Little Egbert Tract Feasibility Study and Multi-Benefit Project

cbec assisted in the initial development of a feasibility study for Little Egbert Tract, a project that aims to achieve flood risk reduction and habitat restoration benefits in the region, while creating a more sustainable landscape for agriculture. This restored aquatic land will provide habitat to a multitude of species including Swainson’s Hawk, Giant Garter Snake, Green Sturgeon, Delta Smelt, Chinook Salmon, and California Black Rail.

Under contract with SAFCA, the feasibility study team defined draft project objectives and setting in terms of its physical, flood, and agricultural functions, identified opportunities and constraints, and developed early project concepts. During the conceptual design and evaluation process, multiple design charrettes were held with the steering committee and other invited agencies and local stakeholders to review, refine, and rank the benefits of each alternative leading to the selection of a preferred suite of alternatives. Notable project stakeholders are Westervelt Ecological Services, Larsen Wurzel & Associates, Reclamation Districts 2084 and 536, Solano County, California Natural Resources Agency, California Departments of Water Resources and Fish and Wildlife. The feasibility study is complete, with planning ongoing.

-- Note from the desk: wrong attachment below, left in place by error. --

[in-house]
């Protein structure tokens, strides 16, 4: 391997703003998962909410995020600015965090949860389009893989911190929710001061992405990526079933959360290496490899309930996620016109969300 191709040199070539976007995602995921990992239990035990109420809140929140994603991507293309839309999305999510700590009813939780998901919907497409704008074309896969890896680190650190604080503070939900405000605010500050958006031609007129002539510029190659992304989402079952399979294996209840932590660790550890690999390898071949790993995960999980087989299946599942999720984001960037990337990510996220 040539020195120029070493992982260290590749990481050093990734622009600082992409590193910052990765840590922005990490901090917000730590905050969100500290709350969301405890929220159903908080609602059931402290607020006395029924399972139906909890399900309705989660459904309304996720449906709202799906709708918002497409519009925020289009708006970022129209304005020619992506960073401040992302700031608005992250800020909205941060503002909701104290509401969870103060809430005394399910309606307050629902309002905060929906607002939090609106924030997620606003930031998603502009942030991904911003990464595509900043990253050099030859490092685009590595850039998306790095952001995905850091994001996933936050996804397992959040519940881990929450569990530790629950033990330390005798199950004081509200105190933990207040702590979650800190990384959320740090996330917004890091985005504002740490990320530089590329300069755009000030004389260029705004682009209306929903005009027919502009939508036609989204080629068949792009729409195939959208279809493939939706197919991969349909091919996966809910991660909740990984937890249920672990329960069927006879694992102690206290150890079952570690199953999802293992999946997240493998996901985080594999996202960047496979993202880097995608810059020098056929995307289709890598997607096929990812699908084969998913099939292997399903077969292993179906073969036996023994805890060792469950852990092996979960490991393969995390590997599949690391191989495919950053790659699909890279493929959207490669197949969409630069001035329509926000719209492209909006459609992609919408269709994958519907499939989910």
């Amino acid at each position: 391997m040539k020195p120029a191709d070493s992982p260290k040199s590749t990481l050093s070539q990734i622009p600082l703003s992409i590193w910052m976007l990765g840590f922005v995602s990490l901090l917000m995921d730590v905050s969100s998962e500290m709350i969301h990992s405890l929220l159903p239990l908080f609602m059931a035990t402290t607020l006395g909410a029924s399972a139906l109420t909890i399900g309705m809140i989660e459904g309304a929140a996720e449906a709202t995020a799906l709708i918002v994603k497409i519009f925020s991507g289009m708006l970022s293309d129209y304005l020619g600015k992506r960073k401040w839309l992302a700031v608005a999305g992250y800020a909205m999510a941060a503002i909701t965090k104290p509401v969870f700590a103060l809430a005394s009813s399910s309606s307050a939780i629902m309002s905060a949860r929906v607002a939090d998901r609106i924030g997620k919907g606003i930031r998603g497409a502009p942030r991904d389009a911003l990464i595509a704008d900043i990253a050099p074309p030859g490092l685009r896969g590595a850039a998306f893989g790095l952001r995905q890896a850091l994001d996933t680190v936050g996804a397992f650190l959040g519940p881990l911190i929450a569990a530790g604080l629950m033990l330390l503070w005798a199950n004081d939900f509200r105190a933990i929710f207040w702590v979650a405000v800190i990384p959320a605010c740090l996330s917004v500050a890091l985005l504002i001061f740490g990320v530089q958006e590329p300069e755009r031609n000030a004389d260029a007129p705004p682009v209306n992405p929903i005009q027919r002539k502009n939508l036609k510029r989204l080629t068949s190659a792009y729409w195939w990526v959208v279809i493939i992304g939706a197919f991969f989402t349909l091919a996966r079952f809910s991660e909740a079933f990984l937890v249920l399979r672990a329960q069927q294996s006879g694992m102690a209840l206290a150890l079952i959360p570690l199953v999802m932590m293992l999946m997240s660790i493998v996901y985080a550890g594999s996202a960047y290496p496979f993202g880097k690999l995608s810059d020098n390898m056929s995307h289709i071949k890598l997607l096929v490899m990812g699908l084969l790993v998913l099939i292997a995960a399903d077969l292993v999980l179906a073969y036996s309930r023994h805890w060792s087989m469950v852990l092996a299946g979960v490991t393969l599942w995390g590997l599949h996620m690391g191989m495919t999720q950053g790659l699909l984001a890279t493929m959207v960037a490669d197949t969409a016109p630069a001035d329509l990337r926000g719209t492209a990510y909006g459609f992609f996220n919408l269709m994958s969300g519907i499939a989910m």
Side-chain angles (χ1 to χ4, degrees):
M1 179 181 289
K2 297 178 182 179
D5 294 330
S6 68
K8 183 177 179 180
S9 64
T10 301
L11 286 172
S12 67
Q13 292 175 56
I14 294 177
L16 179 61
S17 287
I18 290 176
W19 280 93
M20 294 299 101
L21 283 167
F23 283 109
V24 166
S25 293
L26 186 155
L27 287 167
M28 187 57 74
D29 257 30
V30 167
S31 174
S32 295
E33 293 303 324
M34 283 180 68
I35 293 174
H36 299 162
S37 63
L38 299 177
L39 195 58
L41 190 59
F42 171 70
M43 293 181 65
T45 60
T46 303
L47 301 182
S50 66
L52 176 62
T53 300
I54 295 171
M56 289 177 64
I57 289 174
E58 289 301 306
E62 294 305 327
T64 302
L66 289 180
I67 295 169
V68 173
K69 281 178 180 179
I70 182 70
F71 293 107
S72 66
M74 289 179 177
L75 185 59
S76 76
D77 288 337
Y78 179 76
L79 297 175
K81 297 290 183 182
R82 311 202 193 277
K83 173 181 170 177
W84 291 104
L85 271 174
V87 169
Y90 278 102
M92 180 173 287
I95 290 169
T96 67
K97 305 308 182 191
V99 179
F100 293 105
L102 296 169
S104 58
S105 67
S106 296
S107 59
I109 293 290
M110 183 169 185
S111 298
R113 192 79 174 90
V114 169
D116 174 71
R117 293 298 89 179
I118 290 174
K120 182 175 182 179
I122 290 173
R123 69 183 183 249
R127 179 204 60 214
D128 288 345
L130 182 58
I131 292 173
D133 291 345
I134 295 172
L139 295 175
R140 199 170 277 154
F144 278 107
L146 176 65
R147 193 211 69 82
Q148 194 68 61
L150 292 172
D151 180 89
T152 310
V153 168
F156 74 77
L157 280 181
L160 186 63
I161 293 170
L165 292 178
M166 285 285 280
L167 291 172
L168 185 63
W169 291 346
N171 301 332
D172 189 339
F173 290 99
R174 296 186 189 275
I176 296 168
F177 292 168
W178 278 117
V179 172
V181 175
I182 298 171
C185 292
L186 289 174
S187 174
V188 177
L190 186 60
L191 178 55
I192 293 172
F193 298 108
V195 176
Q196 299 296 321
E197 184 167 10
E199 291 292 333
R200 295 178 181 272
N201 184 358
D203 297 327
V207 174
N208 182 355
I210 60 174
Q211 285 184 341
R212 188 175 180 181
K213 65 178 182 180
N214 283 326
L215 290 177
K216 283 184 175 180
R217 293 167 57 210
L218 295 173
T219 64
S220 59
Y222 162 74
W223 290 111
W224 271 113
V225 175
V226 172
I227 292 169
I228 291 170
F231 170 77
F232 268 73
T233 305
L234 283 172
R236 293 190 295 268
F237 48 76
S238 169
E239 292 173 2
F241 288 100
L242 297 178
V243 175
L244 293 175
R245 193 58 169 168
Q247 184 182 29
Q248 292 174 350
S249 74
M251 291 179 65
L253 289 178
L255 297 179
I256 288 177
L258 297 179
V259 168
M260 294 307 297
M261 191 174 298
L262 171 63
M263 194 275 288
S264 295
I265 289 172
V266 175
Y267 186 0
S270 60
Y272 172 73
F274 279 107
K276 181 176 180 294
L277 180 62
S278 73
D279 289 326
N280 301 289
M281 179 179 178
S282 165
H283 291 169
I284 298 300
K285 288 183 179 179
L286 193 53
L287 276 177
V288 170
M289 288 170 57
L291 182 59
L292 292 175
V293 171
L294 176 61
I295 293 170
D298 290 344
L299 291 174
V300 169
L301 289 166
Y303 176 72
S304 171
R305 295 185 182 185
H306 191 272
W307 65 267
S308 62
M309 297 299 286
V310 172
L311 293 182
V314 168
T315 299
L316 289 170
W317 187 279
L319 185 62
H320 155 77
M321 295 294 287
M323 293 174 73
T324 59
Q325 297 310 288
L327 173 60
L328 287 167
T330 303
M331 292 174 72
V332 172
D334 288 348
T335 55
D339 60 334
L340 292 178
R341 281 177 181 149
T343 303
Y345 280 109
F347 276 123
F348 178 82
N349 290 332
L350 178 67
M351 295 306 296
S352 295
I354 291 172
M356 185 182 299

In support of this study, cbec conducted single-beam bathymetric surveys to verify changes in bed topography after flooding, interviewed the land manager and tour of the farming operations, developed potential restoration alternatives, prepared grading volumes to support a rough construction cost estimate, and performed extensive tidal, flood and flood combined with sea level rise screening level modeling to inform benefits and impacts to habitat, agriculture, and water quality. These hydraulic models were then run to simulate the existing conditions of the project over a range of discharges. Different project designs were then screened for juvenile Chinook Salmon fry rearing and Delta Smelt spawning and rearing habitat, as well as assessed for flood inundation patterns. The project designs were compared to the existing conditions to serve as an assessment of each design’s effectiveness. Using the hydraulic models results, a custom particle tracking model was implemented to show how long particles spend within a given area, which assess food web productivity and exchange using exposure time. Particles were also analyzed to understand their transport patterns and final locations after a 2 week long simulation.

cbec is currently developing a Delft 3D hydraulic model to further evaluate a refined set of alternatives for flood conveyance, regional water quality, salinity, and sedimentation impacts. The modeling effort includes a coupled Delft Flow – Wave 3D hydraulic model to evaluate wind wave impacts, sedimentation, flocculation, turbidity, wave run-up, and overtopping for different restoration designs. These designs include natural and nature-based wind wave break islands, wetland marsh habitats, and natural slough networks.